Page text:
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MAIL500(8C)							   MAIL500(8C)

NAME
       mail500 - X.500 capable mailer

       fax500 - X.500 capable fax delivery agent

SYNOPSIS
       /usr/libexec/mail500   [-d  level]  [-f	mailfrom]  [-h	hostname]  [-l
       ldaphost] [-m address] [-v vacationhost]

       /usr/libexec/fax500  [-d	 level]	 [-f  mailfrom]	 [-h   hostname]   [-l
       ldaphost] [-m address]

DESCRIPTION
       mail500	is an LDAP/X.500-capable mailer, suitable to be invoked from a
       mail delivery agent such as sendmail(8).	  It  supports	mail  to  both
       individuals  and	 groups.   fax500  is  an LDAP/X.500-capable facsimile
       delivery agent.	It utilizes the	 Internet  remote-printing  experiment
       (tpc.int).   For	 more  information  on	tpc.int, look in /mrose/tpc on
       ftp.ics.uci.edu, or send mail to tpc-faq@town.hall.org.

OPTIONS
       -dlevel Turn on debugging as defined by	level.	 This  option  directs
       mail500/fax500  to  produce  various debugging output via the syslog(8)
       facility at the LOG_ALERT level.

       -f mailfrom
	      This option tells mail500/fax500 what to set  the	 envelop  from
	      address to when (re)invoking sendmail to deliver mail.  mailfrom
	      should be a valid	 email	address.   Normally,  this  option  is
	      passed  to  mail500/fax500 via the sendmail.cf(5) mailer defini‐
	      tion, and is set to something like the $f macro.

       -l ldaphost
	      Specify an alternate host on which the LDAP server is running.

       -m address
	      If mail500/fax500 produces a  rejection  message,	 this  is  the
	      address from which it will com.  Normally, this option is passed
	      to mail500/fax500 via the sendmail.cf(5) mailer definition,  and
	      is  set  to something like $n@$w (typically, mailer-daemon@host‐
	      name).

       -v vacationhost
	      If the vacation facility is operative, this option specifies the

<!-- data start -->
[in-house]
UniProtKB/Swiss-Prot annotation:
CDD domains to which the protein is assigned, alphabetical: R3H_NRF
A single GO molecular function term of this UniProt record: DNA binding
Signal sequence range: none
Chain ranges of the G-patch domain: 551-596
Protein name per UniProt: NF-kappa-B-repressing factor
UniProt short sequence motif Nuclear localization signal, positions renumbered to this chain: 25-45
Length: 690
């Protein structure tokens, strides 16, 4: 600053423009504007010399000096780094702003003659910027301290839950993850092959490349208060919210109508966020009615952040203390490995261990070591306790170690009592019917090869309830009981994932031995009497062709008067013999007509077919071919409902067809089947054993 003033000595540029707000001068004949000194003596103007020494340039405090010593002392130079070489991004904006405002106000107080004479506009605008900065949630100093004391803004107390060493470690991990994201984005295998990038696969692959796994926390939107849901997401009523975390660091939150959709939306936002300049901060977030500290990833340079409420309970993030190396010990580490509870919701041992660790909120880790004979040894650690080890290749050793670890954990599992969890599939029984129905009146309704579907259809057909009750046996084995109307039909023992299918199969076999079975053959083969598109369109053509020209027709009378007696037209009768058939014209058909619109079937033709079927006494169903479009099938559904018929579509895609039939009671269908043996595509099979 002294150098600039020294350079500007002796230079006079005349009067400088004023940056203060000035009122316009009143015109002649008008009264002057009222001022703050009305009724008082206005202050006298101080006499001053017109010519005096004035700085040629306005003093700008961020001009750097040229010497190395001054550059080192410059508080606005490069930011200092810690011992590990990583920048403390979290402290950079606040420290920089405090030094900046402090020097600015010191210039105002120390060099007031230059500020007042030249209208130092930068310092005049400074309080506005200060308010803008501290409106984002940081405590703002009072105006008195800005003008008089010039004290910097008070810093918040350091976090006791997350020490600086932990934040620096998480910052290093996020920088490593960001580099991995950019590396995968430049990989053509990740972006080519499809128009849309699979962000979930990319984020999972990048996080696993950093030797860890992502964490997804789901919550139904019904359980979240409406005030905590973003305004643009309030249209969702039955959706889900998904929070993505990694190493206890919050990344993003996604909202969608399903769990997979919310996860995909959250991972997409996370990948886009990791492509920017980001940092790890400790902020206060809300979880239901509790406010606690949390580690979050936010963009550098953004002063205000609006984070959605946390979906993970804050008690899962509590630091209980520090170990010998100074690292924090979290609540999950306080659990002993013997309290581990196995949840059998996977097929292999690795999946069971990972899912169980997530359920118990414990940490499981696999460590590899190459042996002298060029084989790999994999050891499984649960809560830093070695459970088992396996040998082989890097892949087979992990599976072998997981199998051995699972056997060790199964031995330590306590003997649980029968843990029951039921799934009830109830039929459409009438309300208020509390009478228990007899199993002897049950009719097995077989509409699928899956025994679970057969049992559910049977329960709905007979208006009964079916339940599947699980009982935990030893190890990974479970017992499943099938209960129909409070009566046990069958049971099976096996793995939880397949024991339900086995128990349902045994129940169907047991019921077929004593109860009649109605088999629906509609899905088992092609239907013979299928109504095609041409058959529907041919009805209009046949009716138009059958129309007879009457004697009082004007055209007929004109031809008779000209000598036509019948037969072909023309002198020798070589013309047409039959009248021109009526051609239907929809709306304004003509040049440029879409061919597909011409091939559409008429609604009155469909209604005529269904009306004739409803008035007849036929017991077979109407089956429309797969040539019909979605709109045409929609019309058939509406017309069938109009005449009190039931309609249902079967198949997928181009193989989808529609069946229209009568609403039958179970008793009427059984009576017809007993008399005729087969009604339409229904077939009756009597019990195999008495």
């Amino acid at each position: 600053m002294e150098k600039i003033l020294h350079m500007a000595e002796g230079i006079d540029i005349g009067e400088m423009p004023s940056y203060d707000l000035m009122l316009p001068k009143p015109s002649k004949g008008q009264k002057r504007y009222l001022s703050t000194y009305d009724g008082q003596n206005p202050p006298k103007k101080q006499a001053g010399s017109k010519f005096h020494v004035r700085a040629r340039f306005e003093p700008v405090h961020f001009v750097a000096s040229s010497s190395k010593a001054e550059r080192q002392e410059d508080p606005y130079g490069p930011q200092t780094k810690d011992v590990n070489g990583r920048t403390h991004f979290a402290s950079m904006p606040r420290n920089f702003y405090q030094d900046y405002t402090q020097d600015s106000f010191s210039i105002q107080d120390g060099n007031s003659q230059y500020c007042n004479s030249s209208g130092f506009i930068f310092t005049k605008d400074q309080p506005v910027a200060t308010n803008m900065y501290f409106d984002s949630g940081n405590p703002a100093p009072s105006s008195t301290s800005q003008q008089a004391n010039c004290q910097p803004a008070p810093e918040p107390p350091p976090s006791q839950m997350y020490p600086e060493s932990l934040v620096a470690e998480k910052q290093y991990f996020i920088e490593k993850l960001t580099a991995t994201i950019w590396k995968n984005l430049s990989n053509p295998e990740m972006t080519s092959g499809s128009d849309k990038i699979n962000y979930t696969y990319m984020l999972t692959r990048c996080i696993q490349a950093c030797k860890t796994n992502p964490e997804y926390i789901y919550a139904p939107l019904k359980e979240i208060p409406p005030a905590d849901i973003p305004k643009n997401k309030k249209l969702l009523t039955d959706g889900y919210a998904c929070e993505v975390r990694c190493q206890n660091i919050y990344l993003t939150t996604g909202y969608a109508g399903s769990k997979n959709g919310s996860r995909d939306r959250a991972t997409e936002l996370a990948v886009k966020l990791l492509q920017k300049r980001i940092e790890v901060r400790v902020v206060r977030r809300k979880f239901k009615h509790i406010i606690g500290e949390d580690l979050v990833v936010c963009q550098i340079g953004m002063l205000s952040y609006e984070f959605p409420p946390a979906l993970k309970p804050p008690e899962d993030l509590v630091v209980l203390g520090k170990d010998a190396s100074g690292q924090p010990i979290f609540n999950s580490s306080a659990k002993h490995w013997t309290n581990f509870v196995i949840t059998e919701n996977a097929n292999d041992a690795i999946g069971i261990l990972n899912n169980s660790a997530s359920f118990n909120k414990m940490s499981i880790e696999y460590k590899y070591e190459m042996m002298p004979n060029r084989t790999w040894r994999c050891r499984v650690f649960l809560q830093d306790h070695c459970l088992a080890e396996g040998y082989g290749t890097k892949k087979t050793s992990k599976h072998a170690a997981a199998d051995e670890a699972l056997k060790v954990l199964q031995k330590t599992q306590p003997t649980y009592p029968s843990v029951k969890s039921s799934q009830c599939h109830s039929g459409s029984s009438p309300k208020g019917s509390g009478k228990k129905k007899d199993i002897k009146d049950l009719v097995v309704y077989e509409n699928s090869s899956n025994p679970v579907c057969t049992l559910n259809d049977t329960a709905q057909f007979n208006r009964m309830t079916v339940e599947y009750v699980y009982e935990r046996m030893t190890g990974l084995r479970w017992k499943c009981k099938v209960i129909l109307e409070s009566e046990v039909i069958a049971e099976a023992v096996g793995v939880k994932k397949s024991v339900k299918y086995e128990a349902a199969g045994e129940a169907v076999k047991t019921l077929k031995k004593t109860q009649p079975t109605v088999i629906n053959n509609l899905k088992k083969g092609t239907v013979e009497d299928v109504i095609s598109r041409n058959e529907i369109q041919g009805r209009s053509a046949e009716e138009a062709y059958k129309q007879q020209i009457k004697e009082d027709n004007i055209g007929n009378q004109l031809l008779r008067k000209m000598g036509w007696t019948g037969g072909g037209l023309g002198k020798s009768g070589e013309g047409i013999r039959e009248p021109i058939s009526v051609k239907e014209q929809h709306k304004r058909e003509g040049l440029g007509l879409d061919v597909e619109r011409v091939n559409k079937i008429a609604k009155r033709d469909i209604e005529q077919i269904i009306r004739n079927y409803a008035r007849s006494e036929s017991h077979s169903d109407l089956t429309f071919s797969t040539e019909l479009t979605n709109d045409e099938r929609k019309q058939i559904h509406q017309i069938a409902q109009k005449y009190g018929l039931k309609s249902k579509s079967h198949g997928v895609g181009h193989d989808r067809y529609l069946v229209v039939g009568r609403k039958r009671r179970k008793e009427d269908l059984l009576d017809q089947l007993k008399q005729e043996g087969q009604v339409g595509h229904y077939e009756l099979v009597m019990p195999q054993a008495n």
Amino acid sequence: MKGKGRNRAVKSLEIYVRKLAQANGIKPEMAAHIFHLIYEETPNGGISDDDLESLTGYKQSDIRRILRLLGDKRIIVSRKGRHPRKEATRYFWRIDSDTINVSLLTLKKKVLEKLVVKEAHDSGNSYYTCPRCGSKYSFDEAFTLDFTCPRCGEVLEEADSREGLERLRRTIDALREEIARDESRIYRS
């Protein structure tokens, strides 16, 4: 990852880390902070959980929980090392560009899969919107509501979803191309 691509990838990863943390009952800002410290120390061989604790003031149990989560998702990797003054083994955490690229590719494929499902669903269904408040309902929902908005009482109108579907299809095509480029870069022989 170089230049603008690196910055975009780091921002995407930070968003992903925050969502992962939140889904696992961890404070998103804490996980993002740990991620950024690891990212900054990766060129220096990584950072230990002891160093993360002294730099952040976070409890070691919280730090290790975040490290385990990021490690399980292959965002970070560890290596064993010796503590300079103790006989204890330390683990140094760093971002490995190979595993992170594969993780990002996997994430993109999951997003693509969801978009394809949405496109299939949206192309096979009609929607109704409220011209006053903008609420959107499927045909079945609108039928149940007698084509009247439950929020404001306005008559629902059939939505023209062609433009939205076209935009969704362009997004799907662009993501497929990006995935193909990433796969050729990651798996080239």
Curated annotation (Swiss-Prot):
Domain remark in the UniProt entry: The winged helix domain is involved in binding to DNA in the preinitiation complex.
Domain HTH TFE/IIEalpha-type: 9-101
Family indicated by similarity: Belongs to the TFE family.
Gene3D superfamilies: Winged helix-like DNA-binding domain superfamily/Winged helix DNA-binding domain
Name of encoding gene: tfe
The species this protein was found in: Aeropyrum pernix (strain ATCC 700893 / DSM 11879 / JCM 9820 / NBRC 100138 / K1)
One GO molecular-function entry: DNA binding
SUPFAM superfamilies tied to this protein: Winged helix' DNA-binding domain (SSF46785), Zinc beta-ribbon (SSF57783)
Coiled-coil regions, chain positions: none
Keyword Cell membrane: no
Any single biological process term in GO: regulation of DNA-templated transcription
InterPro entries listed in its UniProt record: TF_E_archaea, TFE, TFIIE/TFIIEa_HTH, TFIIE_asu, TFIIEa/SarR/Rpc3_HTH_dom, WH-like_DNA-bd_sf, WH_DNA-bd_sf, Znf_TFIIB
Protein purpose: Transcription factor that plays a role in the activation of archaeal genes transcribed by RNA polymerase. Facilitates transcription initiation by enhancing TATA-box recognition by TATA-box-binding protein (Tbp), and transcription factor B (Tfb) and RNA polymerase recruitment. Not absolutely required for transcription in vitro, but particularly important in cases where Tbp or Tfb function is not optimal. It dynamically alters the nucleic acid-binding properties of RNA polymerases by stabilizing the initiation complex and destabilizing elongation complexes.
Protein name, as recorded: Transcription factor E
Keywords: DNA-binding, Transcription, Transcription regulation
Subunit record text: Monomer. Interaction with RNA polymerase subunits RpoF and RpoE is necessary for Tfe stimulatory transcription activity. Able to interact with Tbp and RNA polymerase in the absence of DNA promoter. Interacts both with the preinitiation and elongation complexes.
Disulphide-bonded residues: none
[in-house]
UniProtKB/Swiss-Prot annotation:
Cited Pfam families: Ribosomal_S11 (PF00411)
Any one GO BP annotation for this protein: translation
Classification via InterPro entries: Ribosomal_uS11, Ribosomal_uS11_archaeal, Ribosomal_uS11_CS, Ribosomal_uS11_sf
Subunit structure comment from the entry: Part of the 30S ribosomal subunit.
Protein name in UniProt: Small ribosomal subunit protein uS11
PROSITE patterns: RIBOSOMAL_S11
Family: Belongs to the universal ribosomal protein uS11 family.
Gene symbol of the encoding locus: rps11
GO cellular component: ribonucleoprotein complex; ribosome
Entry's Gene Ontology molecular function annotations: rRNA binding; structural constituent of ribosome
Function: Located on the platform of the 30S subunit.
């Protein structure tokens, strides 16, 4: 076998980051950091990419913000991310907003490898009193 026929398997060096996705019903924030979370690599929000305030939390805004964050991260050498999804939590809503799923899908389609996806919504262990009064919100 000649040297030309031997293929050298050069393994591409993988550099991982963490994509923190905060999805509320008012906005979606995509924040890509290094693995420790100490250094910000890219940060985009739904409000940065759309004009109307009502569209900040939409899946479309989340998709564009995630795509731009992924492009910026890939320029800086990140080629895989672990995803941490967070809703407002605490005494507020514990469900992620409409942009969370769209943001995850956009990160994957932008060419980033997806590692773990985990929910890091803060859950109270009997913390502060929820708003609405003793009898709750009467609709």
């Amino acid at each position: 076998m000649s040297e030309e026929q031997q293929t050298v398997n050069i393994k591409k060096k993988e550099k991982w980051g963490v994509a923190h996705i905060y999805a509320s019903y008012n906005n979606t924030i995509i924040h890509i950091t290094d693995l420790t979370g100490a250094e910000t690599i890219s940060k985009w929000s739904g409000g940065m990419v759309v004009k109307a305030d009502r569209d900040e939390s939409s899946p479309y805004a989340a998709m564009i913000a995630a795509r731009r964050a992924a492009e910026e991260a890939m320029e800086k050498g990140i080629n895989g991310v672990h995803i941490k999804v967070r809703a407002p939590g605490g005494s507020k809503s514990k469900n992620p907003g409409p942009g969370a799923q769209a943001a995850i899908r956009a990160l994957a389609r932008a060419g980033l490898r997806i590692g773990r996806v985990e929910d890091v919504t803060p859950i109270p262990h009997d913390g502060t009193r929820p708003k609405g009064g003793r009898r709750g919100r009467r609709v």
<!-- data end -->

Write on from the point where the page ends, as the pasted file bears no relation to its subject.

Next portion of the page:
host  to	which  the mail of users who are on vacation should be
	      sent.

HOW MAIL500 AND FAX500 WORK
       When mail500/fax500 gets invoked with one or more  names	 to  which  to
       deliver	mail,  it searches for each name in X.500.  Where it searches,
       and what kind(s) of search(es) it does are compile-time configurable by
       changing	 the  base array in main.c.  For example, the configuration we
       use at U-M is like this:

       Base    base[] =
	    { "ou=People, o=University of Michigan, c=US", 0
		 "uid=%s", "cn=%s", NULL,
	      "ou=System Groups, ou=Groups, o=University of Michigan, c=US", 1
		 "(&(cn=%s)(associatedDomain=%h))", NULL, NULL,
	      "ou=User Groups, ou=Groups, o=University of Michigan, c=US", 1
		 "(&(cn=%s)(associatedDomain=%h))", NULL, NULL,
	      NULL
	    };

       which   means   that   in   delivering	mail	to    "name@umich.edu"
       mail500/fax500would do the the following searches, stopping if it finds
       a match at any step:

       subtree search of "ou=People, o=University of Michigan, c=US"
	    for (uid=name)
       subtree search of "ou=People, o=University of Michigan, c=US"
	    for (cn=name)
       subtree search of "ou=System Groups, ou=Groups, o=University of Michigan, c=US"
	    for (&(cn=name)(associatedDomain=umich.edu))
       subtree search of "ou=User Groups, ou=Groups, o=University of Michigan, c=US"
	    for (&(cn=name)(associatedDomain=umich.edu))

       Notice that when specifying a filter %s is replaced  by	the  name,  or
       user  portion of the address while %h is replaced by whatever is passed
       in to mail500/fax500 via the -h option (typically the host  portion  of
       the address).

       You  can	 also  specify	whether	 you  want search results that matched
       because the entry's RDN matched the search to be	 given	preference  or